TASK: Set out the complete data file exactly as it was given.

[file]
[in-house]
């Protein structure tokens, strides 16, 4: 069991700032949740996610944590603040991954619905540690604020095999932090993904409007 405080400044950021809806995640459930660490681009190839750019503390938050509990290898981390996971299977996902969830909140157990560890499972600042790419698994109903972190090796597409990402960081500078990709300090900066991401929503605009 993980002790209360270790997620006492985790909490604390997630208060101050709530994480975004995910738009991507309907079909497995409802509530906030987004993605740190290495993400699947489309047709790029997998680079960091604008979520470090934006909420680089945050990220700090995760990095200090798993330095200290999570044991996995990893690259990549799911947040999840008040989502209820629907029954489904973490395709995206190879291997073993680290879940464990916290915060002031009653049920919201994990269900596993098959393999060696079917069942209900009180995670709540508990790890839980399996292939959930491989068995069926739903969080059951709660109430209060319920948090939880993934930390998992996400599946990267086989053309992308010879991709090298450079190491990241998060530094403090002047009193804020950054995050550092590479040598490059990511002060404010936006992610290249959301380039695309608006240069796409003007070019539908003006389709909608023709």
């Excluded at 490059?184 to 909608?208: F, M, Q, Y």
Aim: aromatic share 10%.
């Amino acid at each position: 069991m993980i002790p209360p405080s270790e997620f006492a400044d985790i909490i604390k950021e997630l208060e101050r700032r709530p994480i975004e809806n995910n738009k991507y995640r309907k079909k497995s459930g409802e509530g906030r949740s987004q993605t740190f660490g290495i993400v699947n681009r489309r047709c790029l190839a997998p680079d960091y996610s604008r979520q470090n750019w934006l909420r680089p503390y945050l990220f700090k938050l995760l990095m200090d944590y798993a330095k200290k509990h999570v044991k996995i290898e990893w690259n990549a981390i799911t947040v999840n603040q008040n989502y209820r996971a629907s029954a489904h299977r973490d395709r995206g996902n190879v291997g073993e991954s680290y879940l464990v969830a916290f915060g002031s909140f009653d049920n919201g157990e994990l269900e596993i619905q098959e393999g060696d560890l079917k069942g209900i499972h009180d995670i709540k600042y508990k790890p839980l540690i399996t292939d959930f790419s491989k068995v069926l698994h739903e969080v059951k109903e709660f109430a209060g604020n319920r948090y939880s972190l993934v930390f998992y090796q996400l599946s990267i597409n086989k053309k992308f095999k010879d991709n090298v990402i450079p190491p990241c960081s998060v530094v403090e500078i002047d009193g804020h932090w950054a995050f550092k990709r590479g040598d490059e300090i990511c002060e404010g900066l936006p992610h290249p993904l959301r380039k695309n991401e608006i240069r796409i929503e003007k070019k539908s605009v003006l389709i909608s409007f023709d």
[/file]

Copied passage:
[in-house]
């Protein structure tokens, strides 16, 4: 069991700032949740996610944590603040991954619905540690604020095999932090993904409007 405080400044950021809806995640459930660490681009190839750019503390938050509990290898981390996971299977996902969830909140157990560890499972600042790419698994109903972190090796597409990402960081500078990709300090900066991401929503605009 993980002790209360270790997620006492985790909490604390997630208060101050709530994480975004995910738009991507309907079909497995409802509530906030987004993605740190290495993400699947489309047709790029997998680079960091604008979520470090934006909420680089945050990220700090995760990095200090798993330095200290999570044991996995990893690259990549799911947040999840008040989502209820629907029954489904973490395709995206190879291997073993680290879940464990916290915060002031009653049920919201994990269900596993098959393999060696079917069942209900009180995670709540508990790890839980399996292939959930491989068995069926739903969080059951709660109430209060319920948090939880993934930390998992996400599946990267086989053309992308010879991709090298450079190491990241998060530094403090002047009193804020950054995050550092590479040598490059990511002060404010936006992610290249959301380039695309608006240069796409003007070019539908003006389709909608023709």
């Excluded at 490059?184 to 909608?208: F, M, Q, Y």
Aim: aromatic share 10%.
């Amino acid at each position: 069991m993980i002790p209360p405080s270790e997620f006492a400044d985790i909490i604390k950021e997630l208060e101050r700032r709530p994480i975004e809806n995910n738009k991507y995640r309907k079909k497995s459930g409802e509530g906030r949740s987004q993605t740190f660490g290495i993400v699947n681009r489309r047709c790029l190839a997998p680079d960091y996610s604008r979520q470090n750019w934006l909420r680089p503390y945050l990220f700090k938050l995760l990095m200090d944590y798993a330095k200290k509990h999570v044991k996995i290898e990893w690259n990549a981390i799911t947040v999840n603040q008040n989502y209820r996971a629907s029954a489904h299977r973490d395709r995206g996902n190879v291997g073993e991954s680290y879940l464990v969830a916290f915060g002031s909140f009653d049920n919201g157990e994990l269900e596993i619905q098959e393999g060696d560890l079917k069942g209900i499972h009180d995670i709540k600042y508990k790890p839980l540690i399996t292939d959930f790419s491989k068995v069926l698994h739903e969080v059951k109903e709660f109430a209060g604020n319920r948090y939880s972190l993934v930390f998992y090796q996400l599946s990267i597409n086989k053309k992308f095999k010879d991709n090298v990402i450079p190491p990241c960081s998060v530094v403090e500078i002047d009193g804020h932090w950054a995050f550092k990709r590479g040598d490059e300090i990511c002060e404010g900066l936006p992610h290249p993904l959301r380039k695309n991401e608006i240069r796409i929503e003007k070019k539908s605009v003006l389709i909608s409007f023709d």